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American Avocet

Scientific Name:

Recurvirostra americana




Wetland and marine areas


The Rocky Mountains, in most states west of the Rocky Mountains, and along the southeastern seaboard of the US


Least Concern (IUCN Red List)

This species is


to the Truckee Meadows.


American avocets are tall birds that have long, thin, stilt-like legs. Their beaks are also long, thin and upturned. These long beaks are used to rummage around in the mud and sand for small crustaceans but also used to grab insects out of the air. American avocets have black and white bodies with rust-colored feathers on their heads and necks.

Fast Facts:

  • American Avocets are ready and able to walk, to swim, and to dive after their first day as hatchlings. Soon after they are able to find and eat their own food.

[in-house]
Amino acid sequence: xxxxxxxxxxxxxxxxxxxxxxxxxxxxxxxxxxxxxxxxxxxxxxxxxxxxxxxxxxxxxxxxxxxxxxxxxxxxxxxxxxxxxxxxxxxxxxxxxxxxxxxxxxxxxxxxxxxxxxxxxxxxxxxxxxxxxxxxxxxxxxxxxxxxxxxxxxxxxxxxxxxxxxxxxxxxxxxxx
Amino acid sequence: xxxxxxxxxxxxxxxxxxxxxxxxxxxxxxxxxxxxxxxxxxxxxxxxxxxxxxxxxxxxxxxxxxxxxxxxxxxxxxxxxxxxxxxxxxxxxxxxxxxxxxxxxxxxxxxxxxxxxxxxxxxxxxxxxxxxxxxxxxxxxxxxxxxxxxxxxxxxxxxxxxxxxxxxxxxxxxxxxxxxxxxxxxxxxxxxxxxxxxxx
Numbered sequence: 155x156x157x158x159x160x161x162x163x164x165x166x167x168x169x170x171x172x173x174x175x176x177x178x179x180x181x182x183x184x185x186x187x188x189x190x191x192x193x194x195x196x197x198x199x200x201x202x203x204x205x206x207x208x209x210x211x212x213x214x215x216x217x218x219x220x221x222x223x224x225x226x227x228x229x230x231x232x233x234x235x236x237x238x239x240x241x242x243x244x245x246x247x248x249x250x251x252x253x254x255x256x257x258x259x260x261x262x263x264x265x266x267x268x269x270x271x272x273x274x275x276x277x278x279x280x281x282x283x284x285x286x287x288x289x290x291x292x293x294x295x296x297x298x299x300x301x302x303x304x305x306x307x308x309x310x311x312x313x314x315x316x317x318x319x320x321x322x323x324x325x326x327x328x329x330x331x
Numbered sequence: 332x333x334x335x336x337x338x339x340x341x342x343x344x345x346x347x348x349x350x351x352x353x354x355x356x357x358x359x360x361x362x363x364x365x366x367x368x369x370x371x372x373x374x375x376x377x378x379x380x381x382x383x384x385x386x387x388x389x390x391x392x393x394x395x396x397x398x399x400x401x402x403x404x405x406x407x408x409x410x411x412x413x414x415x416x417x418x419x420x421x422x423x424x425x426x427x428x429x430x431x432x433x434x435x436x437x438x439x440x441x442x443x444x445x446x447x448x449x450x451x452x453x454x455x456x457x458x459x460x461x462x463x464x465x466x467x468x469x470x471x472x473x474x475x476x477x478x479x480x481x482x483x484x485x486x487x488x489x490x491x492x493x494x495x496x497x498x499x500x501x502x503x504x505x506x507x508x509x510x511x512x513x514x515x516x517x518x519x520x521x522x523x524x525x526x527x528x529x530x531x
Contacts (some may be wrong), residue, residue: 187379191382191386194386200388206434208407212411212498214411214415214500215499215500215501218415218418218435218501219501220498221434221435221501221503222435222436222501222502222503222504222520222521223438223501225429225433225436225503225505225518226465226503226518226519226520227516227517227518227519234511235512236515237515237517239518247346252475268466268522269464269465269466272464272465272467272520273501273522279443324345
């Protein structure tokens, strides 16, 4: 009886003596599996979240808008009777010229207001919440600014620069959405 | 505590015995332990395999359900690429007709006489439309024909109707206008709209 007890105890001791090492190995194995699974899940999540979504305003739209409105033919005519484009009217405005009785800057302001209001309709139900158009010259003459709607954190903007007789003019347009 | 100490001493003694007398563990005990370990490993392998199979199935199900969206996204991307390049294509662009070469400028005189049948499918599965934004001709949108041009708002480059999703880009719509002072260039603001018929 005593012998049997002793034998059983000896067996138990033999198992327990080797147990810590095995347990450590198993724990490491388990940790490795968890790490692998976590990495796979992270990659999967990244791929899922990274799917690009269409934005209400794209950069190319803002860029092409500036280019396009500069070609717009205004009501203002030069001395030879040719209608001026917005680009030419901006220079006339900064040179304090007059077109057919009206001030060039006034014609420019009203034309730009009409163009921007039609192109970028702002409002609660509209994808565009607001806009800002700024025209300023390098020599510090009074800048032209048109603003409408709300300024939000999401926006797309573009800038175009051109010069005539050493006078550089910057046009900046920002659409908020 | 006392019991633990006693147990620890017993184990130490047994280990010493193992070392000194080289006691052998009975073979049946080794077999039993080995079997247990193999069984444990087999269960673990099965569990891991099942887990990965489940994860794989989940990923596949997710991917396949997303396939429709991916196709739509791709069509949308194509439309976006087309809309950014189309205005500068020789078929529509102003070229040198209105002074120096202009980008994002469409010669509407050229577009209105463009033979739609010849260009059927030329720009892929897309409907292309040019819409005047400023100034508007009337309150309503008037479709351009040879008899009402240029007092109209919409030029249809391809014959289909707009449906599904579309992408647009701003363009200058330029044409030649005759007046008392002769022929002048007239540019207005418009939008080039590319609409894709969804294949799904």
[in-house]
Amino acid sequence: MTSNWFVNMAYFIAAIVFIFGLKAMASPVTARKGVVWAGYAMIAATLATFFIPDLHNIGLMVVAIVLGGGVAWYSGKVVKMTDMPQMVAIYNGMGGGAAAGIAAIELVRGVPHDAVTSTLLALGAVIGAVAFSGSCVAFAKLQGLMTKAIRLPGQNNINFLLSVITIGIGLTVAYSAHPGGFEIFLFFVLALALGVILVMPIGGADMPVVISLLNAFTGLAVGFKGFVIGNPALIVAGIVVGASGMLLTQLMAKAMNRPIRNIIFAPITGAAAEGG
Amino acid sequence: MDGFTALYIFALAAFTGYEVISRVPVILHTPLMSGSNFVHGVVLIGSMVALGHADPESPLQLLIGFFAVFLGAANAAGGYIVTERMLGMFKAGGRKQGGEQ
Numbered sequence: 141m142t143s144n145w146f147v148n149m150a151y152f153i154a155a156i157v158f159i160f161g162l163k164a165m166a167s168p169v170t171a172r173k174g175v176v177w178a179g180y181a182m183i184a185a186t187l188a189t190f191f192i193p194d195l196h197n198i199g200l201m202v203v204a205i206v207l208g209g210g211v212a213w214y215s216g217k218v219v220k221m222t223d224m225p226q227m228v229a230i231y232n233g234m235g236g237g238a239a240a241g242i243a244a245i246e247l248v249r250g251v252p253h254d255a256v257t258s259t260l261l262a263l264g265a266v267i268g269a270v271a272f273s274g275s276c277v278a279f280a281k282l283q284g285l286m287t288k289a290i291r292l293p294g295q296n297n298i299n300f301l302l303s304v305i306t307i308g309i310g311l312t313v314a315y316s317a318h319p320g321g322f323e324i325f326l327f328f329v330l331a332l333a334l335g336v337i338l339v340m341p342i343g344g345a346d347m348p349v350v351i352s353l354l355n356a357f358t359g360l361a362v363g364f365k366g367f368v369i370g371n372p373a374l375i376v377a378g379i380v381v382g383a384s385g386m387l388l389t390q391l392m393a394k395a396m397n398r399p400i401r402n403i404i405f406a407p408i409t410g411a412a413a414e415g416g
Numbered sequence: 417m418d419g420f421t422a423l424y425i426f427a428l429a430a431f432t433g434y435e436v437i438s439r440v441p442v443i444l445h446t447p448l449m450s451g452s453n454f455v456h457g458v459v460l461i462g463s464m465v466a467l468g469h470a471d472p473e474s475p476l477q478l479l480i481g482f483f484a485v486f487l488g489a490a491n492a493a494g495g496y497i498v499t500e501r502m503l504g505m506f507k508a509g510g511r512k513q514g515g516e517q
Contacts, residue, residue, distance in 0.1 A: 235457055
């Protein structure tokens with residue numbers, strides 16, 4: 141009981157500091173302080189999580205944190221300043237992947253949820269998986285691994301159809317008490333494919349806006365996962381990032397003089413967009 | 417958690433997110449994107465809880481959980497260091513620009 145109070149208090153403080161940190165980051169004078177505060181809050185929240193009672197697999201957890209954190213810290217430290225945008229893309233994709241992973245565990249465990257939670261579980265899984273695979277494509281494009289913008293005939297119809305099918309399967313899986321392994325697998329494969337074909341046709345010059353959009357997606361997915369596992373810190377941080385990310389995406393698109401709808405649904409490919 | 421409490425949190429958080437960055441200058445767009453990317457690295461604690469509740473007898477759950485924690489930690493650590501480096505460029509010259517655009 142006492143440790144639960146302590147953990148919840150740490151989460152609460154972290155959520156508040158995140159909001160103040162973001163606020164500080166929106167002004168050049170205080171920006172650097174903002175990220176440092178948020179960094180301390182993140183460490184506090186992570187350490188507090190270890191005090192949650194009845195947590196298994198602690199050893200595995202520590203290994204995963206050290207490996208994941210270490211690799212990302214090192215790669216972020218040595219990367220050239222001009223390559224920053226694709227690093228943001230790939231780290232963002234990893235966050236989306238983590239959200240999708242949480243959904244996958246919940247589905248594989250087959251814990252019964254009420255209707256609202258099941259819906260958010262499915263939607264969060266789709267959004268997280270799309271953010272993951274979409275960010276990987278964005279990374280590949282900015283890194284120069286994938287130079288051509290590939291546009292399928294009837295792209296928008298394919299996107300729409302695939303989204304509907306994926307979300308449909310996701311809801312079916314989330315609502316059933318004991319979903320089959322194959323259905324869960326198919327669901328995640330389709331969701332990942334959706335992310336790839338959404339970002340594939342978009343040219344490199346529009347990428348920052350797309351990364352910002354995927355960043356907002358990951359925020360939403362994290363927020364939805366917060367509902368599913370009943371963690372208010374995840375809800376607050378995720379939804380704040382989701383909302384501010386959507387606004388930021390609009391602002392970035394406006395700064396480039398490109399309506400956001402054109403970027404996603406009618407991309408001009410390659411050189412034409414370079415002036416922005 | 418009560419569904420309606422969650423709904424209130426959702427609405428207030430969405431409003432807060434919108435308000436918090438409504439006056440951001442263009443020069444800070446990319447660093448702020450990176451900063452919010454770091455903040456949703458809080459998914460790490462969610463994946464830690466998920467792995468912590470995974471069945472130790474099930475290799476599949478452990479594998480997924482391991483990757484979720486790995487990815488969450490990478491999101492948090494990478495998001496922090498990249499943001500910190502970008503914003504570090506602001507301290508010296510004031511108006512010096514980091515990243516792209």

• American avocets are found in wetland areas where there is a steady presence of shallow water and mudflats. They are also found in marine intertidal areas, but breed in our area. They like to eat the insects and the small crustaceans found in the shallow waters of both fresh and salt water areas.

  • Here in the Truckee Meadows, American avocets have been seen regularly around the South Meadows area, including the Rosewood Nature Study Area.



Caron Tayloe (research & content)

Alex Shahbazi (edits & page design)

Last Updated:

March 27, 2024 at 1:48:23 AM

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